With over 19 years experience in legal advice with a focus on international M&A, private equity/entrepreneurs, corporate work, Cristina Daianu is one of the most experienced professionals in Romania in her line of work. A Dentons partner for the past 12 years, she is also the Head of Emerging Growth and Venture Technology at the Bucharest office. For these reasons, BR wanted to sit down with Cristina Daianu and see what she has to say about Romania as a potential destination for venture tech.
Everyone is aware about the boom in the technology sector and the mirage of Sillicon Valey entrepreneurs, attracting spectacular investments in their companies. But what is the reality in the CEE region, and more specifically, in Romania?
The CEE region (Romania included) has developed a booming tech start-up scene, having ambitious founders and very talented developers. Romania ranks second in the region (after Poland) by number of developers. The CEE region has also created 8 unicorns (out of which 2 are of Romanian origin) – serving as an anchor and inspirational role-model for the next generation of founders. The year 2020 has accelerated digitalisation to an unprecedented pace, and thus, the already rapidly changing ecosystem evolved even more during these past months.
Despite the CEE becoming the fastest emerging region in Europe in terms of capital invested, compared to the Western markets, this region (and particularily, Romania) is still in its early phase of development. This context actually creates opportunities since the pre-seed/seed tickets are at a still affordable value.
What technology sectors could be the winners in the long run? Who will be chosen for funding?
The investors (especially the early stages) are looking for the real disruptor in the market, the one that will do things differently and that can be scaled globally. Sectors like automation, IOT, e-gaming, e-commerce and fin-tech are now booming and expected to grow in the next years.
Furthemore, it is always more than the business concept itself, but- especially in the seed phases- it is the „charisma”, drive, reliability of the founders that will make the difference in a pitch for investment. The aptitude to show cooperation with a future investor is also a valuable asset. In later stages (already Series A funding), investors are not just looking for great ideas anymore, but also a strong strategy for turning that idea into turnover.
Is Romania a good destination to establish a start-up or should Romanian entrepreneurs look at other markets for starting a venture?
It is one of the most frequently heard questions and there is no black and white. There could be certain advantages for establishing a start-up in California, UK or Singapore such as logistics, proximity to certain key clients and most importantly, funding options. However, starting a business in Romania presents the advantage of the known territory. It really needs to be analysed on a case-by-case basis, depending on the mid-term plans, possible investment or even exit scenarios. Experienced global firms such as Dentons, having a very large international footprint and solid expertise in VentureTech, are best placed in order to make an assessment of the legal framework as well as hurdles and benefits of each location in question.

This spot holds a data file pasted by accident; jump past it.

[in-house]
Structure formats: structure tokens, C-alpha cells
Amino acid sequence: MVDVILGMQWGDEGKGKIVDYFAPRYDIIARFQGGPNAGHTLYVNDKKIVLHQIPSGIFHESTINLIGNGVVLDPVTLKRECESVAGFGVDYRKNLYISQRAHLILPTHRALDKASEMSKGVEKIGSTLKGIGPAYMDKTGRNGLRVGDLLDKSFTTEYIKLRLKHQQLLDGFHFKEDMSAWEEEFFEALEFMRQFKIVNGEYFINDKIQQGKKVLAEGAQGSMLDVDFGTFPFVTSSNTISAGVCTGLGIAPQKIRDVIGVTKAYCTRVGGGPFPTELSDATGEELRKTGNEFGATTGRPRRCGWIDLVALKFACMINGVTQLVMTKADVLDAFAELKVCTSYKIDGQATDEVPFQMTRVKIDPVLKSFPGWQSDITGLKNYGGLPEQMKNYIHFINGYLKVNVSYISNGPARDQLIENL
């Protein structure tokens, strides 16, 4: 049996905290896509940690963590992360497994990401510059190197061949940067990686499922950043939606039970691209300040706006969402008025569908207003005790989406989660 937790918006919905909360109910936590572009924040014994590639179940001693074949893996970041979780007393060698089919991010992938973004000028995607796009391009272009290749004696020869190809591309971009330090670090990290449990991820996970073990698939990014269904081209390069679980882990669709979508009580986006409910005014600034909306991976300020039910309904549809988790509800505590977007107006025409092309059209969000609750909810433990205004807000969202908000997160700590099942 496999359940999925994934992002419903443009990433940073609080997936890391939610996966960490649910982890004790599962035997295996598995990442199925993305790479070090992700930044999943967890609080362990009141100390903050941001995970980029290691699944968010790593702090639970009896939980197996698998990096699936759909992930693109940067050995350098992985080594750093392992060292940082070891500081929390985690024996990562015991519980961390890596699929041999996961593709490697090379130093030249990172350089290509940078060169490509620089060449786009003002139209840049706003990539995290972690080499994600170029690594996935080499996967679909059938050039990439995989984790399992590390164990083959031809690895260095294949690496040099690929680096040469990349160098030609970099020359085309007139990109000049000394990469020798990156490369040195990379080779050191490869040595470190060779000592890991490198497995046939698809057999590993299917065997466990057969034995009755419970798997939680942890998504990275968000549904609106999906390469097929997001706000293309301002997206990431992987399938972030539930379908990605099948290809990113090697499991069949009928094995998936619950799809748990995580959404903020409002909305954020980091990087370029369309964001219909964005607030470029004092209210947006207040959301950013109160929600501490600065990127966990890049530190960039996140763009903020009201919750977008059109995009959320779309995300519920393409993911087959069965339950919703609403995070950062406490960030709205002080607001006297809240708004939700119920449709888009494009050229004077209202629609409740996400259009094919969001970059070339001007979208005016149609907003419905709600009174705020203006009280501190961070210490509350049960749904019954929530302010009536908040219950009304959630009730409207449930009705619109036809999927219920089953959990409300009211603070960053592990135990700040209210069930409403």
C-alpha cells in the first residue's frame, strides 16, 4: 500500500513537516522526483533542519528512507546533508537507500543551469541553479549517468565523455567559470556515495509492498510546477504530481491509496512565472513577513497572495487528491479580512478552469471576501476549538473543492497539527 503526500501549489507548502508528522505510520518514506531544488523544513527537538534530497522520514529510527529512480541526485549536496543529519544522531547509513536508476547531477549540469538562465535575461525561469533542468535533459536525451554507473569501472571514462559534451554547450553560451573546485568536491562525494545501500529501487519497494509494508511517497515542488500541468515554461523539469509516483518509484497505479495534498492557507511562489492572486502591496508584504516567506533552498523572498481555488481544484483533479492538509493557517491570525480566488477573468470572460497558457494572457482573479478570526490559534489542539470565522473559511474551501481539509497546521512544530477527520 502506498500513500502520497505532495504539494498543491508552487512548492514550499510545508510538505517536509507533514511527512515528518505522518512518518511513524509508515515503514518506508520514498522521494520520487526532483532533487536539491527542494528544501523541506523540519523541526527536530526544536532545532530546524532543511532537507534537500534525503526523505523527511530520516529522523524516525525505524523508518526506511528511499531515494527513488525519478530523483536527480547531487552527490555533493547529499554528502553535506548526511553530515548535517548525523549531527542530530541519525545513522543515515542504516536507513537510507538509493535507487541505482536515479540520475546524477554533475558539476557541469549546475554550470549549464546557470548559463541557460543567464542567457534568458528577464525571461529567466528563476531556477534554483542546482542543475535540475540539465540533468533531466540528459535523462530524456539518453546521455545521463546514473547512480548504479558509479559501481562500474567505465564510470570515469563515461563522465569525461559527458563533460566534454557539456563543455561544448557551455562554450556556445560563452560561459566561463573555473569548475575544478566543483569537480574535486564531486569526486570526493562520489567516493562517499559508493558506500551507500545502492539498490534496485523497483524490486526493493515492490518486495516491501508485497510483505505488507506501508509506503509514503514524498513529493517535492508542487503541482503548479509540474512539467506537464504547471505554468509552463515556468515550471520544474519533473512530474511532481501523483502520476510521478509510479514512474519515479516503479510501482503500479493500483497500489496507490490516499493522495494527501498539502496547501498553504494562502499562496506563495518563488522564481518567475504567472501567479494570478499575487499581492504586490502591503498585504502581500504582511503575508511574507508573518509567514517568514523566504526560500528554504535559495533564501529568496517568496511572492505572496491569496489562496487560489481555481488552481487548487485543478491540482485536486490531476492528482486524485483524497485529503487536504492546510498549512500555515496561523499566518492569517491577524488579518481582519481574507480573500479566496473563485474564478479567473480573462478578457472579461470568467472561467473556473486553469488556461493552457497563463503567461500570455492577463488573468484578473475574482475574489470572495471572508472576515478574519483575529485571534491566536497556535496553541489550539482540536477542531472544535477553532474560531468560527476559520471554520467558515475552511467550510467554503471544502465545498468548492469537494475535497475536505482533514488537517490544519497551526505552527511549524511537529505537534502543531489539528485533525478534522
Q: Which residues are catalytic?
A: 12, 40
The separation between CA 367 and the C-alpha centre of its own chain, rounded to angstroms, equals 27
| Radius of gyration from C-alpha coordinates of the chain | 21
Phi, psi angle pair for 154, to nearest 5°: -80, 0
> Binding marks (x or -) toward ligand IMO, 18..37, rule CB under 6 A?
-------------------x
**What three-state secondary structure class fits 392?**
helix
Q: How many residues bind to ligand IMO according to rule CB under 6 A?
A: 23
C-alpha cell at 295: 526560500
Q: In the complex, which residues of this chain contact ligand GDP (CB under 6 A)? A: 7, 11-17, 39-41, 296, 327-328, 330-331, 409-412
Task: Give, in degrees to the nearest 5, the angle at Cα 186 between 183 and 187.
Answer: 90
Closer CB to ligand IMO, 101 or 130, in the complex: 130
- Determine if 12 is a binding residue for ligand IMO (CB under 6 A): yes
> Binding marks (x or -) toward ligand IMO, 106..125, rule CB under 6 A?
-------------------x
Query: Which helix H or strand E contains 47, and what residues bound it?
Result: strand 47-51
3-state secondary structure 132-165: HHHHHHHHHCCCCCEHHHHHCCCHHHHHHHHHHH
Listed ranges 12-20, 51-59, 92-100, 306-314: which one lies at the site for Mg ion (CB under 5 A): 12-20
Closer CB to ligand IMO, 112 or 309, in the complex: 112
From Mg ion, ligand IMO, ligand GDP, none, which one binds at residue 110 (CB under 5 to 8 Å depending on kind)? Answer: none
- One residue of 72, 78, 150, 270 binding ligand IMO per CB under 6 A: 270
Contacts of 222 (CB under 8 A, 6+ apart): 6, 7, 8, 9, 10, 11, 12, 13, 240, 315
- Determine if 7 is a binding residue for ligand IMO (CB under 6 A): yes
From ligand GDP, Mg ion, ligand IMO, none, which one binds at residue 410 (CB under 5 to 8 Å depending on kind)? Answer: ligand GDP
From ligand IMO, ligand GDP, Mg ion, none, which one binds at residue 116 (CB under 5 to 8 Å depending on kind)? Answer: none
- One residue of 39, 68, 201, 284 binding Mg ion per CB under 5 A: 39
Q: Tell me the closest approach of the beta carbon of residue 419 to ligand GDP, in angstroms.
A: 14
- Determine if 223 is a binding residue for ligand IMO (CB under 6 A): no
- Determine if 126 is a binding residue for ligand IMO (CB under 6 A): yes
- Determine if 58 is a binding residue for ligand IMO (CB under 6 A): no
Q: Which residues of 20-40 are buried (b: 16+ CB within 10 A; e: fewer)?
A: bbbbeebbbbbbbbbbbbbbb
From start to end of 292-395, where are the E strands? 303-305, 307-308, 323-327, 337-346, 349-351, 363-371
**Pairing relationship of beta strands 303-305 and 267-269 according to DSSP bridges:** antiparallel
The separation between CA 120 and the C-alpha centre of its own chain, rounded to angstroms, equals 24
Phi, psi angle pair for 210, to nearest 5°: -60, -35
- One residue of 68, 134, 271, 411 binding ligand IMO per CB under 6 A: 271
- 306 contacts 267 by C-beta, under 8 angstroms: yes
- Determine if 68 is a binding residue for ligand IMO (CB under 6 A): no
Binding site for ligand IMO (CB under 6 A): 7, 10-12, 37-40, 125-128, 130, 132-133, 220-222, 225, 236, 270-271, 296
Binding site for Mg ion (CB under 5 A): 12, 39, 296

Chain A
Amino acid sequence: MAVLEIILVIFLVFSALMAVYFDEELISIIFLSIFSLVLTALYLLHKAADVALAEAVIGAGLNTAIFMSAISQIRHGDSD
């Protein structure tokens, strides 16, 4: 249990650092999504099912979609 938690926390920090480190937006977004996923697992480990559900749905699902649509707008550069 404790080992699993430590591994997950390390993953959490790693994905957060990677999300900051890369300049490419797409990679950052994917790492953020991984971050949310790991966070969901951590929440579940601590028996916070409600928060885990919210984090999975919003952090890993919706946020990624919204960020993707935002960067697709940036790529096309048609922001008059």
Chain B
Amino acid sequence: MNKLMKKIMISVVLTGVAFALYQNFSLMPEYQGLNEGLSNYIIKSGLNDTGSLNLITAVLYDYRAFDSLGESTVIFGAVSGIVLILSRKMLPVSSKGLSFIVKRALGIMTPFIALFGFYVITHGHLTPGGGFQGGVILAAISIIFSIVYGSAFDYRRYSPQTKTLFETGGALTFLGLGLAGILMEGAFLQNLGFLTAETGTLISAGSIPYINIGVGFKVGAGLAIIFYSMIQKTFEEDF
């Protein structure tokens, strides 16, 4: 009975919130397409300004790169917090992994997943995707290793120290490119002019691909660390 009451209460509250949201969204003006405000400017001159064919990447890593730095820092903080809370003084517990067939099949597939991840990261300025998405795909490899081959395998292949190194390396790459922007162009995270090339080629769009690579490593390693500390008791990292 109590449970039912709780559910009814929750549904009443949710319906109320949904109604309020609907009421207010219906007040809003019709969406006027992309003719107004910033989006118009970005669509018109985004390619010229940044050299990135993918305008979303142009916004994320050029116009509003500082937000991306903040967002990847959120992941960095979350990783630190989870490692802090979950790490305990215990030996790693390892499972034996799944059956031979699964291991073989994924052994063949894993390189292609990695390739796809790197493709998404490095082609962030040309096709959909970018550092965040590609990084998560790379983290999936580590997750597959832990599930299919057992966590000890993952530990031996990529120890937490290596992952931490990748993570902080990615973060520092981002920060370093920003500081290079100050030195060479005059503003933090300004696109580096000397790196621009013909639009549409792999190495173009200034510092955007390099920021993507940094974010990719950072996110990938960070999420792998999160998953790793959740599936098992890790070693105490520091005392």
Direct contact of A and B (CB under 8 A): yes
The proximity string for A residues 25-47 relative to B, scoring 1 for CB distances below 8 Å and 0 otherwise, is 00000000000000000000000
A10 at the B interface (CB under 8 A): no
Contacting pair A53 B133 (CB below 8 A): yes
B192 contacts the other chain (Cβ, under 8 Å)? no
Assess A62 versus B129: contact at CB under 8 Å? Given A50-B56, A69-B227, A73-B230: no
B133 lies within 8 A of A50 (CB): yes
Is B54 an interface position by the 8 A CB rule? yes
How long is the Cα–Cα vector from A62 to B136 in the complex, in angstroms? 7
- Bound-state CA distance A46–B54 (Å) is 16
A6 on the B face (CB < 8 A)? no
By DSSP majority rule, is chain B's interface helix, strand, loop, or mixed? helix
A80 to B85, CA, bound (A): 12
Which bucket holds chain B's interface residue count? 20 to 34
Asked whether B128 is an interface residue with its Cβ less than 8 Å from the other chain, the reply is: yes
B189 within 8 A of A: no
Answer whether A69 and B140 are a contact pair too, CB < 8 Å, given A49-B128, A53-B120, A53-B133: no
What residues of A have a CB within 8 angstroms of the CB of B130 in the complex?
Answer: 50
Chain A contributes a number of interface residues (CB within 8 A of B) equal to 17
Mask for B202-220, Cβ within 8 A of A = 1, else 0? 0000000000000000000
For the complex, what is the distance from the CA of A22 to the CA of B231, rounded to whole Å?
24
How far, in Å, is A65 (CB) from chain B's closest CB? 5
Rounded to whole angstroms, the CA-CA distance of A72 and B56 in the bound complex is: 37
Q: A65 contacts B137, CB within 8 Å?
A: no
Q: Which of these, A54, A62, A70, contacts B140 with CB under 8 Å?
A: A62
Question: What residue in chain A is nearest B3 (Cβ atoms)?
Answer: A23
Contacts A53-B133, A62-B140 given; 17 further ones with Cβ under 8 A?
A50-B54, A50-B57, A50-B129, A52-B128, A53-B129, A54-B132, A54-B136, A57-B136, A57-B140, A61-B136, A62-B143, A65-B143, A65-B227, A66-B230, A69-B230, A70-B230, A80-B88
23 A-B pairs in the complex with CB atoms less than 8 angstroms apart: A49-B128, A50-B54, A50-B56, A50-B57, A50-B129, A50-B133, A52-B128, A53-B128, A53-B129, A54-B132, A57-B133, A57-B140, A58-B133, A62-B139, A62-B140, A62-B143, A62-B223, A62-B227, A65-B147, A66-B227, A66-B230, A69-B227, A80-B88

How is the VC market expected to evolve in Romania?
Some of the large international VC funds have already invested in Romanian-origin businesses, contributing to some of the success stories on the local scene. However, there are a handful of local players that also funded many of the smaller deals (seed phase/ series A) and that will create the perfect bridge to exits to larger funds.
The first 6 months of 2020 turned better than expected, totalising approx. 20 million Euros in 30 deals (compared to 2019, which counted in total approx. 40 million Euros in funding deals). This year also marked the launch of the first equity crowdfunding platform (Seedblink), which had more than 17 campaigns in the first 10 months of the year.
While the market matures, there are still many good opportunities, which of course need to be selected carefully. It is a question of not too long until Romania will become one of the most interesting destinations to shop in the technology scene in Europe.
Are there any notable changes in local legislation that could impact the venture tech sector?
The current context is market by constant change, trend which is also reflected within the regulatory framework (both at EU and Romanian level). In terms of local legislation, there are some key aspects that should be considered:
- The legislation regarding alternative investment funds has been adopted (Law 243/2019), which introduces new requirements regarding the authorisation and functioning of these funds.
- On the acquisition side, Law 223/2020 adopted this month, finally simplifies the acquisition of shares in Romanian limited liability companies (by repealing the 30-days opposition term for creditors and thus speeding up the transaction ).
- Various funding programs could be tapped by tech start-ups, such as the Startup-Plus or Startup-Nation Programs. There are many alternatives, depending on the specific activity performed by each company.
- A positive sign was the promotion of the Romanian capital market to the status of Secondary Emerging Market by the British multi-asset index provider FTSE Russell. However, legislation putting on hold privatisations for 2 years (Law 173/2020) has slowed down prospective IPOs/other transactions involving state-owned companies.